Nirvana – Just how big were they?
It’s been twenty years…that’s right I’m starting another piece with a retrospective. Do I permanently live in the past? Probably. Everything in my wardrobe feels like it’s from twenty years ago. I still listen to bands from my teen years and it still sounds ‘like teen spirit’ but they look like fortysomethings. Fortunately I’m not typing this on a twenty year old PC or researching this with twenty year old dial-up internet or you’d be waiting twenty years to read this. Now wait…where was I? Ah yes, it’s been twenty years. Twenty years since Nirvana released the album In Utero.
It’s an interesting anniversary because it’s not their finest album. I prefer the raw, yet versatile, Bleach which was made on a budget of $606.17 in just thirty hours of recording time (13 Tracks!!! – If I break that down, it’s just two hours per song and four hours of beer drinking – Crazy!). And like most, I enjoy that ground-breaking chart-topping sound they had refined for Nevermind. Their chord boxes (usually four chords in a simple to play structure) were easy to learn on guitar too. What this meant was, like the Beatles before them, every aspiring rock musician could emulate them easily and impress friends and woo damsels.
What this anniversary makes me think of is not of In Utero itself or lead singer Kurt Cobain’s untimely death but of their legacy. To some extent this genre of music (we’ll call it ‘Grunge’ but it doesn’t quite cover all the bases) was already in existence but no band had truly grabbed it by the scruff of the neck and called it theirs. You see on the east coast of the states you had the kings of post-punk alternative, the Pixies who were at the peak of their powers and dominating college radio. On the west coast was a band that were very much post-funk. The catchy bass hooks and guitar twang of the Red Hot Chili Peppers was melded with a powerful rhythm section to well and truly put the offbeat into rock music. Now what we had was two very different bands but as I watched the Pixies open for the Chili Peppers at Phoenix Park in 2004, I realised that they weren’t so dissimilar. They were both trying to move music on and create that new sound but each in a slightly different direction. The only thing missing from that Phoenix Park gig was of course Kurt Cobain & Nirvana.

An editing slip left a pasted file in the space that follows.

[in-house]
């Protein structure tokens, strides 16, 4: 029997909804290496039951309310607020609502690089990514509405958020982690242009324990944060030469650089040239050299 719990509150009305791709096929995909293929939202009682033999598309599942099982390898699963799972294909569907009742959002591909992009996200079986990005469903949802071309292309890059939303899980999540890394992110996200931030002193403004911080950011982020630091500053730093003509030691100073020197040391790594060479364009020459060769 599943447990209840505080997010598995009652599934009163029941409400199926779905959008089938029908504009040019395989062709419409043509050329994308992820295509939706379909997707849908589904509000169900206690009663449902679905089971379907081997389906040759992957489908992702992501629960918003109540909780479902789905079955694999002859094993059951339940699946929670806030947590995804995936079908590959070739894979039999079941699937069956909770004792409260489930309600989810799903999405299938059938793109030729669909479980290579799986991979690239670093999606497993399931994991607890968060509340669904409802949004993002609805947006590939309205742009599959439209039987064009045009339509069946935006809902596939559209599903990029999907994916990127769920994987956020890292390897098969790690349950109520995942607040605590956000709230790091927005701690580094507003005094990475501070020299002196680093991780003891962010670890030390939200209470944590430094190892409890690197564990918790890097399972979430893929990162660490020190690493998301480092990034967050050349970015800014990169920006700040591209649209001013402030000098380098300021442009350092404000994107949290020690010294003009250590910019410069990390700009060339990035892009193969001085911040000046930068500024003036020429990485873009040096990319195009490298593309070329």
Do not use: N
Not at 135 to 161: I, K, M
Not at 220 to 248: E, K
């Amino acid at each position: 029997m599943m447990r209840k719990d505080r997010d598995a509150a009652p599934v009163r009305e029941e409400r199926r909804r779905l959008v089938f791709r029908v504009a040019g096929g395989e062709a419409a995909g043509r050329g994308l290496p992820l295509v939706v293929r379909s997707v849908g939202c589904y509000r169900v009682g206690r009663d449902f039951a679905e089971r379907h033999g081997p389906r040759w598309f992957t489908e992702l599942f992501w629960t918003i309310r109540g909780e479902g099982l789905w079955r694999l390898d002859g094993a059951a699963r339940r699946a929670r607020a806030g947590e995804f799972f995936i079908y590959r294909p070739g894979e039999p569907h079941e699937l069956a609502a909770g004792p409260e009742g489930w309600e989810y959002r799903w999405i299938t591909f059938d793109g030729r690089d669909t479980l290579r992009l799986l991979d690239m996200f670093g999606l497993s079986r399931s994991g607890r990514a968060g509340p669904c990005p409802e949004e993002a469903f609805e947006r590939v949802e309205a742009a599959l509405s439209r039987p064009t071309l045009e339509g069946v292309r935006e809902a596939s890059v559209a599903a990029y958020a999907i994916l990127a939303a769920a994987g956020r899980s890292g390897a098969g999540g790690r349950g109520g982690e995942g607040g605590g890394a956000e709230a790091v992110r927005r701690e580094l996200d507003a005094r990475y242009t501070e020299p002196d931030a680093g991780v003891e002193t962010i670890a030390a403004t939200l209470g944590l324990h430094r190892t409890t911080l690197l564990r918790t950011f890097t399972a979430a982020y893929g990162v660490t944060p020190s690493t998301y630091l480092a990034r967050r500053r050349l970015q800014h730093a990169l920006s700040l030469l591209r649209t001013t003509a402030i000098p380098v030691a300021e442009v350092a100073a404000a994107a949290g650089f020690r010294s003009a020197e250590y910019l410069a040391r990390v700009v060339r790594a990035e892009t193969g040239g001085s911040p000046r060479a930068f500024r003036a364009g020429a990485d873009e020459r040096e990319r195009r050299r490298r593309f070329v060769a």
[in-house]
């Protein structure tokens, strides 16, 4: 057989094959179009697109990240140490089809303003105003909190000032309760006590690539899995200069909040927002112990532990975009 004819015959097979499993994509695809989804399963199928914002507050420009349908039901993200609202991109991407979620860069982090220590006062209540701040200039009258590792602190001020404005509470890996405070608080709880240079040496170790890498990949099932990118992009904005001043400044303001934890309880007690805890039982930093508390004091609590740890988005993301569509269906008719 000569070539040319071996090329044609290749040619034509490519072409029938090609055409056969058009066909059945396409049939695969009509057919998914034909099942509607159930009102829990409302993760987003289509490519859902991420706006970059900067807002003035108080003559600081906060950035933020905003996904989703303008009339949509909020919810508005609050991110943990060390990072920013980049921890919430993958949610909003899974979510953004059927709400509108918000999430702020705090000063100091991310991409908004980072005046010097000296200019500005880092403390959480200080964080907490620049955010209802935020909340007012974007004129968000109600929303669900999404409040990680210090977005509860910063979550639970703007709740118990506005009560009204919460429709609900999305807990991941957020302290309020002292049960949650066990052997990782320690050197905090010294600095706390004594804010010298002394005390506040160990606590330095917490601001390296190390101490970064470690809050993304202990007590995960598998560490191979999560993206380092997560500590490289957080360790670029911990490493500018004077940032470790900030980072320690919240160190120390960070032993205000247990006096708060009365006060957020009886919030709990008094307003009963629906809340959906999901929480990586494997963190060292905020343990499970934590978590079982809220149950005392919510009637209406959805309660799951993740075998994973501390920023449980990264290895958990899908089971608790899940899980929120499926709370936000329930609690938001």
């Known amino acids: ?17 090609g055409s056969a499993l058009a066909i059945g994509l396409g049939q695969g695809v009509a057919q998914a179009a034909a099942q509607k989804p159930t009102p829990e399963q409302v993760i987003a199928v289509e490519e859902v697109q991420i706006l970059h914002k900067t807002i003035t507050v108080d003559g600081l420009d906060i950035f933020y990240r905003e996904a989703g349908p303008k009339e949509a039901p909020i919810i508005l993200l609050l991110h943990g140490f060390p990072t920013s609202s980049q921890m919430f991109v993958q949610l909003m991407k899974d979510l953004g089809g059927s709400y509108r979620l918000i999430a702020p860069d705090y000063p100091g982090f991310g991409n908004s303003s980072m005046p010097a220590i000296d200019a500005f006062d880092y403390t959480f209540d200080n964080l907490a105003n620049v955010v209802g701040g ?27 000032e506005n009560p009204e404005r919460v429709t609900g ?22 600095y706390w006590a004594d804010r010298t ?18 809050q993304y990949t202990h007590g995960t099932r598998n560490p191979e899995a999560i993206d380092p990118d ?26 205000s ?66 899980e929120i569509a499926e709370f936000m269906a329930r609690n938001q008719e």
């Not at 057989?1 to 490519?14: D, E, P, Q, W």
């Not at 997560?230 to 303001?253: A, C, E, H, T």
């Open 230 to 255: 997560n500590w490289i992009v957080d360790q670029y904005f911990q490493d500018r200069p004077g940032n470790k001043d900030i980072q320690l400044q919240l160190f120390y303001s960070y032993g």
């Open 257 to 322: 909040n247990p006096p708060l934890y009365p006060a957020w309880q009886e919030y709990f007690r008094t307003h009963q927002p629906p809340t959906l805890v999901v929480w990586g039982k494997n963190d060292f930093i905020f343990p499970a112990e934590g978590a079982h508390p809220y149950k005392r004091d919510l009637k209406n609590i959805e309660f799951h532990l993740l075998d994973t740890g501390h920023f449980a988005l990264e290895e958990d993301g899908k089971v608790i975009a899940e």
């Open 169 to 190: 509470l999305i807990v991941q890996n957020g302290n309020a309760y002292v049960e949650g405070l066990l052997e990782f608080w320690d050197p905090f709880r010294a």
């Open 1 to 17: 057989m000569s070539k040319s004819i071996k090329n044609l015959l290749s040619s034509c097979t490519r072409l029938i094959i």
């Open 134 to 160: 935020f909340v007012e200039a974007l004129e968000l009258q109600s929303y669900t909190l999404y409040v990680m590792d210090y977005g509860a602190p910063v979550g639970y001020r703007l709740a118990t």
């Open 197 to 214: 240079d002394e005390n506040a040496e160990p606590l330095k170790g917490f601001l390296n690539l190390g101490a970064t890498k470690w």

I now realise what those bands in the Pacific Northwest were up to. They were doing their utmost to fuse those two ideas together and create a new direction for rock and none were more successful than Nirvana. Don’t get me wrong, Nirvana weren’t even my favourite band from that part of the world. At sixteen, I thought Pearl Jam were the bees knees and later I noticed that each of my friends took a shine to their own favourites from Seattle. Whether it was Soundgarden, Alice in Chains or Mudhoney, they all influenced many bands and aspiring guitarists but you can’t help but come back to Nirvana as the driving force. The proof is quite literally that while each of us had our favourites, we all had Nevermind in our record collection. Nirvana were the common denominator and when they knocked Michael Jackson, the king of pop, off the top of the charts in 1992 then that new sound had well and truly arrived.
It’s still hard to gauge just how big Nirvana were or are. Over 80 Million record sales says they were massive but it’s the unseen influence their music has provided that has done just as much for the industry. They officially ended when Kurt Cobain joined ‘The 27 Club’ in 1994 and like the ‘First man on the moon’ and ‘shooting of JFK’ moments, I still remember where I was when I found out that the singer had met his end. Will there be another ‘Nirvana moment’ in the future? I hope so and it might come from a twenty year old that goes out and buys a twentieth anniversary copy of In Utero today.